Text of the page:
Since 2003, uranium enrichment has remained at the heart of the dispute over Iran’s nuclear program between Iran and world powers, particularly the United States. Iran has argued that enrichment is its “inalienable right” under the Non-Proliferation Treaty (NPT) and that halting uranium enrichment is a “red line” that may not be crossed. Yet, the United States has opposed Iran’s position.
On Nov. 24, following four days of marathon talks, Iran and the P5+1 (the five permanent members of the UN Security Council and Germany) finally inked the Geneva interim deal as the preamble to reaching a long-term, comprehensive solution. Shortly thereafter, Iranian Foreign Minister Mohammad Javad Zarif said at a news conference that “in two distinct places” there is “a very clear reference to the fact that the Iranian enrichment program will continue and will be a part of any agreement now and in the future.” Zarif was alluding to text in the Joint Plan of Action that states the final deal will involve “a mutually defined enrichment program with practical limits and transparency measures to ensure the peaceful nature of the program.”
John Kerry’s response in an interview with ABC News was, “No. There is no right to enrich. We do not recognize a right to enrich. It is clear, in the — in the NPT, in the non-proliferation treaty, it's very, very clear that there is no right to enrich.” Contrary to the assertion made by Wendy Sherman, the lead US negotiator, that this “has always been the US position,” Kerry — while serving as chairman of the Senate Foreign Relations Committee four years ago — offered a completely different understanding of the NPT. In an interview with the Financial Times, Kerry said with regard to Iran’s rights as a signatory of the NPT:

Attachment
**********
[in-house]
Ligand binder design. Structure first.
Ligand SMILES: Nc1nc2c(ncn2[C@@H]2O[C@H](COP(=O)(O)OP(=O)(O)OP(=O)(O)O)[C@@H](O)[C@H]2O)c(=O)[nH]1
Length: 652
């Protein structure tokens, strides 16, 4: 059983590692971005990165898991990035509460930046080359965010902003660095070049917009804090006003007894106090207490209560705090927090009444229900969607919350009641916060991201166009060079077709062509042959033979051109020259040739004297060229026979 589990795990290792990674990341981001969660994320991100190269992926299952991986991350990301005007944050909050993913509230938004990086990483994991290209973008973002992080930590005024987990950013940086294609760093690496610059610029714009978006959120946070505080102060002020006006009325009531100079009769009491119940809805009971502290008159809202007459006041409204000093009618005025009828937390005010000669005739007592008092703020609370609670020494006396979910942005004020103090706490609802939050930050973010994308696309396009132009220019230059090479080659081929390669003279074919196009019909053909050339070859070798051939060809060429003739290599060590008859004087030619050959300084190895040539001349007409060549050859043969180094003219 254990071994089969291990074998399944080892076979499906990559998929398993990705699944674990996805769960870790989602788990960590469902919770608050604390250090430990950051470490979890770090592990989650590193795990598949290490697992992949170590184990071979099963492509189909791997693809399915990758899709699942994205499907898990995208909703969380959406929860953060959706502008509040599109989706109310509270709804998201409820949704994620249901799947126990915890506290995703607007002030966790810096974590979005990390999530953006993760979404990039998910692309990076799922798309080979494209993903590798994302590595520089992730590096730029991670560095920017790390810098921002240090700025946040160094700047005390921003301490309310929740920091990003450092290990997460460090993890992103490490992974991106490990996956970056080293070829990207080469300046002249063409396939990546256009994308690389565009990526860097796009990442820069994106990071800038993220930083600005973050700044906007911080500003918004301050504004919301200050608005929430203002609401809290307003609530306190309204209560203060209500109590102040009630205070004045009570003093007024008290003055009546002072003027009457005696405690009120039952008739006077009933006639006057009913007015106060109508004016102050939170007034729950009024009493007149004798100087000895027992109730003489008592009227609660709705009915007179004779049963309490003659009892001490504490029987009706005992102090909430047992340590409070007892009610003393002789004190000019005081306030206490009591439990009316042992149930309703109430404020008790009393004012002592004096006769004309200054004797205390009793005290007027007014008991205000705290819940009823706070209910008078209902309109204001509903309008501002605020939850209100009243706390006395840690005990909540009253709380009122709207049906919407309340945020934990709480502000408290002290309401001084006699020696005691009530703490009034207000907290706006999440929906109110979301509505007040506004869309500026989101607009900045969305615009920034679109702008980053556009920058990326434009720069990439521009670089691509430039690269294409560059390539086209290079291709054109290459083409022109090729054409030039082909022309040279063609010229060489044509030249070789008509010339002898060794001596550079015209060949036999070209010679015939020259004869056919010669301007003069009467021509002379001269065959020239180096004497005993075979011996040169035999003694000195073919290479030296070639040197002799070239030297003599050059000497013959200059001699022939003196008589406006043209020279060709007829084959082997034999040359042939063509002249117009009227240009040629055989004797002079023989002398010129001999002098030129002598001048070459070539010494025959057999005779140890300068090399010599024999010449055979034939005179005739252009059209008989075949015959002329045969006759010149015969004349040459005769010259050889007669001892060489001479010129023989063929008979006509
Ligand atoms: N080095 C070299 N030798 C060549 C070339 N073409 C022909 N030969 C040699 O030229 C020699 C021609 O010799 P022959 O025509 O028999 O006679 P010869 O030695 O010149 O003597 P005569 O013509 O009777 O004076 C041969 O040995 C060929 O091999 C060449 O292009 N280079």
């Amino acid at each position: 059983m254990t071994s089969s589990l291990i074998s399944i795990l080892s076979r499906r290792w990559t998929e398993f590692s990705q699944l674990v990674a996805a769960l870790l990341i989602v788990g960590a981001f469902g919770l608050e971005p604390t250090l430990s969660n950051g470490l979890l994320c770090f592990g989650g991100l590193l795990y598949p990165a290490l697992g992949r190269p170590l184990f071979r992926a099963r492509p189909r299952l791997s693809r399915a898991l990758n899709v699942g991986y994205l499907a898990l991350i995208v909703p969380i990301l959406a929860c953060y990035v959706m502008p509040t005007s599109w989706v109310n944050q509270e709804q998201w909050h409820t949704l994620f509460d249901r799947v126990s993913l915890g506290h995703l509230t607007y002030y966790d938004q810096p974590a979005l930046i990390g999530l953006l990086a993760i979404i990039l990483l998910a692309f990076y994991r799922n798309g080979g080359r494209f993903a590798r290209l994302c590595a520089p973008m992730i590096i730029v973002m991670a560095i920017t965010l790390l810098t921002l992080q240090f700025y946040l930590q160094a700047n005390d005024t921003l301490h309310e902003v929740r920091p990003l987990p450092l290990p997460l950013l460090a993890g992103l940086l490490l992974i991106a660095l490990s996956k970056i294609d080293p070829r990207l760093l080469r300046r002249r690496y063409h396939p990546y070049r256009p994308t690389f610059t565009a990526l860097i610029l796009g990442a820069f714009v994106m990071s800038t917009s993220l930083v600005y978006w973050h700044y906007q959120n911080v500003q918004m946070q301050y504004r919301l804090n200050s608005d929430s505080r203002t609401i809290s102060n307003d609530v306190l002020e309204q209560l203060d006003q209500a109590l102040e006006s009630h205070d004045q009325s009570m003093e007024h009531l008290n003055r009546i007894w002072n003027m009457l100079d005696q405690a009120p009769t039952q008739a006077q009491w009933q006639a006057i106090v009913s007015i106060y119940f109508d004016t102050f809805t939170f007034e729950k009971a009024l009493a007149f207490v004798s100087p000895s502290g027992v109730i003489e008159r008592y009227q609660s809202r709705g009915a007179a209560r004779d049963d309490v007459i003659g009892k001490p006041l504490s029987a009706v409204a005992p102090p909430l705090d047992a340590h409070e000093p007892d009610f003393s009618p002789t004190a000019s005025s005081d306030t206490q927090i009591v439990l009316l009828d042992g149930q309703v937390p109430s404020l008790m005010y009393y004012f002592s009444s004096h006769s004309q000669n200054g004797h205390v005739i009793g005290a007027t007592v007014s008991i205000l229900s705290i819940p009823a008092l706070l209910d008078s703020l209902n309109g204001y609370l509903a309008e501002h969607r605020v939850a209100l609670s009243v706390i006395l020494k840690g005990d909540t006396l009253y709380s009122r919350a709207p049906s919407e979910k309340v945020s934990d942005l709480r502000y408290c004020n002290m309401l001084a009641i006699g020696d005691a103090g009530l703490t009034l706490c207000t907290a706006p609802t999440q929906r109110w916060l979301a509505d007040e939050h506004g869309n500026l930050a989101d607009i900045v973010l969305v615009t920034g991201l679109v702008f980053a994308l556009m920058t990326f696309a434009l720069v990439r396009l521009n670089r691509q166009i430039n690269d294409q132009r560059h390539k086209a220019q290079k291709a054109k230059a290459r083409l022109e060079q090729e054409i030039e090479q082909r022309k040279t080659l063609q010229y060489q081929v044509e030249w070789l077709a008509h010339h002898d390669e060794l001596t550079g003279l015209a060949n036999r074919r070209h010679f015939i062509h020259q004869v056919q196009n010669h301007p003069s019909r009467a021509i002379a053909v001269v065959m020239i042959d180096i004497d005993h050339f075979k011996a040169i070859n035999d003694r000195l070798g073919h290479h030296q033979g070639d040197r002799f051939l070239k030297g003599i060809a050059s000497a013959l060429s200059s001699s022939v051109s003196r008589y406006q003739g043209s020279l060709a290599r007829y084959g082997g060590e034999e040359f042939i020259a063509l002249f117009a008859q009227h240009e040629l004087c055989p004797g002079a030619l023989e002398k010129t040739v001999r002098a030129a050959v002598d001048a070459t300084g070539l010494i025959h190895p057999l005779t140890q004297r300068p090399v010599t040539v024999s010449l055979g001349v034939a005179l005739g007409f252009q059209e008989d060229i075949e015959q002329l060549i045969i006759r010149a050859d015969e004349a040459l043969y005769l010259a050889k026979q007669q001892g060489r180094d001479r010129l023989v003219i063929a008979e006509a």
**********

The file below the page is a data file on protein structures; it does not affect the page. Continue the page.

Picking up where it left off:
“The Bush administration [argument of] no enrichment was ridiculous … because it seemed so unreasonable to people. … It was bombastic diplomacy. It was wasted energy. It sort of hardened the lines, if you will. … They have a right to peaceful nuclear power and to enrichment in that purpose.”
To confirm Kerry’s position, in 2010, Hillary Clinton, when she was secretary of state, told the BBC that a final deal could allow Iran to enrich. “They can enrich uranium at some future date once they have demonstrated that they can do so in a responsible manner in accordance with international obligations.”
In any event, even though its limits remain to be negotiated and agreed upon, the inclusion of enrichment facilitated the realization of the Geneva deal, without which the world would have witnessed another disastrous failure of negotiations.
The Geneva pact was a historic success because both Iran and the United States demonstrated that they have learned pivotal lessons from the past. The nonconciliatory, Cold War stance that they adopted toward each other during the last 34 years benefit the national interests and security of neither state. It is significantly momentous that Iran and the United States, after more than three decades, were able to conduct meaningful negotiations at the highest diplomatic level and bring a complex dispute to a mutually agreeable conclusion aimed at reaching a permanent solution “in less than one year.”
The consequences of this unprecedented approach by both countries may reach beyond Iran’s nuclear issue, thus reshaping the geopolitics of the region. The Obama administration’s clear rejection of pressures by the lobbying of pro-Israel groups opposed to the deal and its supporters in Washington, as well as some Arab countries in the region, could be the dawn of a new era in US foreign policy toward the Middle East.